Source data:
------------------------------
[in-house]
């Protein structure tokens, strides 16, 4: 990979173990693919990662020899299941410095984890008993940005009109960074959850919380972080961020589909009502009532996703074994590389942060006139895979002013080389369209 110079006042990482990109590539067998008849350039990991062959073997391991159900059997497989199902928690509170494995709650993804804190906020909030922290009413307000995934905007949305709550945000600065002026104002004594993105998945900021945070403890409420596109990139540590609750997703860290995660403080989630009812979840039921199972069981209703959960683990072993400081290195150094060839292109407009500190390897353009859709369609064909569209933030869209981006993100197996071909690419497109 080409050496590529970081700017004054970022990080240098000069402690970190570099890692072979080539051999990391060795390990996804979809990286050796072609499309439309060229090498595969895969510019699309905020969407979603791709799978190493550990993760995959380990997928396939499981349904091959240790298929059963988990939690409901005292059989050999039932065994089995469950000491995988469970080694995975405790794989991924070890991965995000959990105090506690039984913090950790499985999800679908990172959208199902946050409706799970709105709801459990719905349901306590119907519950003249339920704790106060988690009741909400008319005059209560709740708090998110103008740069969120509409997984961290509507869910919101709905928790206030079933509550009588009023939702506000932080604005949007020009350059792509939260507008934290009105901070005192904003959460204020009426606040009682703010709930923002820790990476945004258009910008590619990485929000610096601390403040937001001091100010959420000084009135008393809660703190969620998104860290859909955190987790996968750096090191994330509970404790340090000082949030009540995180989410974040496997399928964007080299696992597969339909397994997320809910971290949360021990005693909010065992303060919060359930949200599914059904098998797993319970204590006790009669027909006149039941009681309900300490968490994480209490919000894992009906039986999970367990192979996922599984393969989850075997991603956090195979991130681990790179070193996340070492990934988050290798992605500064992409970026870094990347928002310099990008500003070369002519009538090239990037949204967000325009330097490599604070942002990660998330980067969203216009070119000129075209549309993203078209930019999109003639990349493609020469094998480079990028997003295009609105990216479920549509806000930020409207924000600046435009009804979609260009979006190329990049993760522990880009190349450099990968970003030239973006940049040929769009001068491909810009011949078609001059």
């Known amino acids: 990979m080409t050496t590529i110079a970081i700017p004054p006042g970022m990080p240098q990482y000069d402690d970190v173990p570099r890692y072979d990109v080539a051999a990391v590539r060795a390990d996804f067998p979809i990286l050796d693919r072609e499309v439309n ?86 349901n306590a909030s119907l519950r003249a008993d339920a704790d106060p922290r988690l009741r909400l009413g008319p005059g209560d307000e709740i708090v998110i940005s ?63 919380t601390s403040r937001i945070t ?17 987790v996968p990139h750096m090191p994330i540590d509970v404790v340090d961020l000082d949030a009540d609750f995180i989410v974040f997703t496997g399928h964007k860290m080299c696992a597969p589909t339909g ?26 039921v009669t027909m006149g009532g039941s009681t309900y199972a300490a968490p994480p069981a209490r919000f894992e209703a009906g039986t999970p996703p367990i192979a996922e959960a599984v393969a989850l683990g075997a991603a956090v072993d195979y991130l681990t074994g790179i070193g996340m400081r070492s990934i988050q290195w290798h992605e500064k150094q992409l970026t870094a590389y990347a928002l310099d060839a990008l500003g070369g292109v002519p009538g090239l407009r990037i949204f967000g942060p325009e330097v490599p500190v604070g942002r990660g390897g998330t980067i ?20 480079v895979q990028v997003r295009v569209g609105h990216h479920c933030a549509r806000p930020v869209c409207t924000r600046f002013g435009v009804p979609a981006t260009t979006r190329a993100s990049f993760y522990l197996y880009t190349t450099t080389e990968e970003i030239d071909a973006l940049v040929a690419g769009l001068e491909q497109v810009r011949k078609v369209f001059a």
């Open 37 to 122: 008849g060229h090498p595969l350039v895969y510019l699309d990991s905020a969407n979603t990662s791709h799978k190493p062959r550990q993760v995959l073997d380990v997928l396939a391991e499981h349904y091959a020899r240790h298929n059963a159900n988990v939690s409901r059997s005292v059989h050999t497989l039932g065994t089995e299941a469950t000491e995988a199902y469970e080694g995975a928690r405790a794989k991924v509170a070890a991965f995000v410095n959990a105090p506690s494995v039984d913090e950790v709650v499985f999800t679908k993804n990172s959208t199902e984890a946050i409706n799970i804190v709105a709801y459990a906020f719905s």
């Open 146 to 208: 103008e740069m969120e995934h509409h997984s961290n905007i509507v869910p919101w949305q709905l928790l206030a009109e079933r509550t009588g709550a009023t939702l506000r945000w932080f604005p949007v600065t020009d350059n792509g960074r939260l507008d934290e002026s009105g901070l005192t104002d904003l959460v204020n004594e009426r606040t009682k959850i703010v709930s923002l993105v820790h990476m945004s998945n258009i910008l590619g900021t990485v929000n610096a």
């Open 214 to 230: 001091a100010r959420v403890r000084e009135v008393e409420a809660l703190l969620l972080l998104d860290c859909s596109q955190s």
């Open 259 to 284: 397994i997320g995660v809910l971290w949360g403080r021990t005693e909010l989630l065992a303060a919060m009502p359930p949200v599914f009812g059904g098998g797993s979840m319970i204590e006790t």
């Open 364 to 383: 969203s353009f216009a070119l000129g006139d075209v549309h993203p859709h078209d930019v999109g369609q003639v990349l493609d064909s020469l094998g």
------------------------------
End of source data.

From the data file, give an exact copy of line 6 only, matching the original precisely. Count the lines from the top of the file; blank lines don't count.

């Open 214 to 230: 001091a100010r959420v403890r000084e009135v008393e409420a809660l703190l969620l972080l998104d860290c859909s596109q955190s």